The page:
At the moment, I’m lucky enough to have a Nutanix block at home that I use for demos (it’s coming along to Switzerland with me tomorrow). It’s not the model with the highest specs, but it helps in giving customers a chance to actually see the kit, and give partners some hands-on time. In case you are wondering, I’m actually working with a NX-2400, or a 4-node NX-2000 cluster, hence 2400.
Thing is though, that it was running an older version of the Nutanix Operating System (NOS), which I upgraded to the latest version (NOS 3.1) without a hitch, and it was running ESXi 5.0. And to play with some of the latest features, I actually decided to upgrade to ESXi 5.1, and I figured I might as well share how that worked out for me.
The steps are relatively simple, but I figured I’ll document them here anyway. One word of caution though:
- This was done with the latest info from the Nutanix knowledge base. Be sure to check if there are updated instructions available prior to upgrading your own block.
So, step one is to actually get the installation media for ESXi 5.1. In case of the NX-3000, you can use the standard ESXi 5.1 image. For the NX-2000 systems, you need to use an image that is customized by Nutanix. Contact myself or your local systems engineer to get the download location.
Next, create a bootable USB stick using the image. Easiest way I found is to actually format the stick with FAT32 as the filesystem. I recommend using a Windows system, or a Windows VM, since no matter what I tried, I couldn’t get it to boot using a Mac. Once the drive is formatted, I used UNetbootin:
Click on “Disc Image” and select the ISO file. Make sure “USB Drive” is selected, and point it to the correct drive. Then click on “OK”, and watch it go to work. If it gives you a message stating that menu.c32 is already present, click on the “Yes” button.
We’ll also need to edit the NFS heartbeat timeout settings. To do that, log on to vCenter, select the node and go to “Software” -> “Advanced settings”. There go to the NFS entries, and modify the “NFS.HeartbeatTimeout” setting to 30 seconds. Do that for each host.
Next, we need to make sure the multiextent module is loaded. Add the following lines to /etc/rc.local.d/local.sh on each host (if not already there):
#added to support multiextent
localcli system module load -m multiextent
#end of adding
Then restart the host.
Once you are done, it is time to start the upgrade. Go in to the BIOS (using the Delete key) on the node you want to upgrade, and change the boot order so that you actually start off of your USB stick. Once you save the config and restart, you will be given a menu where you select the second option:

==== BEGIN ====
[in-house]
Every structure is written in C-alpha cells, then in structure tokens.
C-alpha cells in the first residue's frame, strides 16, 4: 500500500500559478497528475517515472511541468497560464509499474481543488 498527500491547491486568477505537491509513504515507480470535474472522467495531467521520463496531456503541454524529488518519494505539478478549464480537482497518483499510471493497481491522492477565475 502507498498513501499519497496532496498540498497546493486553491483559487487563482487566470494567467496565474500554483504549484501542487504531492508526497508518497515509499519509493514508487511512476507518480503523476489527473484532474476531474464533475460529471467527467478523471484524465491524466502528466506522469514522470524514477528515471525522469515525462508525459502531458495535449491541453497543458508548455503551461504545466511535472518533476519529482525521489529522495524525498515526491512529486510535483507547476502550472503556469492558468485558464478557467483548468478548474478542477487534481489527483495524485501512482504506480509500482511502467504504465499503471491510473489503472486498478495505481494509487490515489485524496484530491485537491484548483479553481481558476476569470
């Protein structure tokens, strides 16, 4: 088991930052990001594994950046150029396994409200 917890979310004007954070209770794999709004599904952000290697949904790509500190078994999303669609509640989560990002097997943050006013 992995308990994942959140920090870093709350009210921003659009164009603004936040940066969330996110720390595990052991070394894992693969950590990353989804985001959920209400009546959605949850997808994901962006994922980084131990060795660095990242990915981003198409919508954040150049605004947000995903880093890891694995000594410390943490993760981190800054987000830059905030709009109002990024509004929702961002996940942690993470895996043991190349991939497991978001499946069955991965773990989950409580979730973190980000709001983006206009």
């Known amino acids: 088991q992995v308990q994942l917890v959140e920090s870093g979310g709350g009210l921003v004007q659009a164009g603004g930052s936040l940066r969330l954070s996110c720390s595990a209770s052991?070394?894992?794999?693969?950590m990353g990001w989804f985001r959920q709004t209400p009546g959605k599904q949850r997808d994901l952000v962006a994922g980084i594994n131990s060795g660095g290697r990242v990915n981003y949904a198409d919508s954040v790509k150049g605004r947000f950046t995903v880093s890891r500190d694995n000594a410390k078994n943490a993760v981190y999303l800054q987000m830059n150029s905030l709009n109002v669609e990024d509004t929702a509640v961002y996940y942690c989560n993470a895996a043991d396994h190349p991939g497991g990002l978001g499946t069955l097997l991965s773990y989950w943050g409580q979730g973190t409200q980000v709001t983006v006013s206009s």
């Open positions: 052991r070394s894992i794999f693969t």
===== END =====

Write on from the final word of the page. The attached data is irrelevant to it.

After that you should be able to see the trusted ESXi boot sequence:
At the installation screen, just hit the “Enter” key to continue with the installation. Read the license agreement, and continue with F11. Next, you are asked where the installation should reside. Normally you should see the Intel SSD already have a VMFS partition, indicated by the small asterisk in front of the disk. Select that disk and press “Enter” to continue:
Next, a prompt should show up asking if you want to upgrade. Select that option, and press “enter” once more:
The final step is to confirm your upgrade by pressing the “F11” key. Once the upgrade is done, remove the USB thumb drive, and reboot the server by again hitting the “Enter” key. Let the node reboot, change the boot order to the original sequence, and, tadaaaaaa:
Now, obviously this would be easier using the vSphere Update Manager, but this was the solution I used, since I only installed the vCenter virtual appliance. Not pretty but it works.
One key thing left to do, is to re-register the controller VMs on your ESXi host. You can do this via the vSphere client going directly to the ESXi host. Just right-click the VM and select “remove from inventory”. Then browse the datastore, go to the folder saying “ServiceVM-1.24_Ubuntu” and add the VM to the inventory using the VMX file. You can now start your VM after you confirmed that you moved it.
The other alternative to re-register your VM using vim-cmd via an SSH session on to your ESXi host. Just check which VMs you have running:
Vmid Name File Guest OS Version Annotation
190 NTNX-TRAIN2-S11317022510746-A-CVM--2- [NTNX-local-ds-S11317022510746-A] ServiceVM/ServiceVM.vmx ubuntu64Guest vmx-07Remember the VMID and de-register the VM:
vim-cmd vmsvc/unregister [vmid of controller VM]Now simply re-register the VM:
vim-cmd solo/register [/full/file/path/to/the/controller_vm_name.vmx]You might want to rename the controller VM once you have registered it.
Should you have any issues starting the VM, make sure that there is no line saying:
sched.mem.prealloc = "TRUE"in the .vmx file of you VM. If this line is present, remove it, and re-register your VM.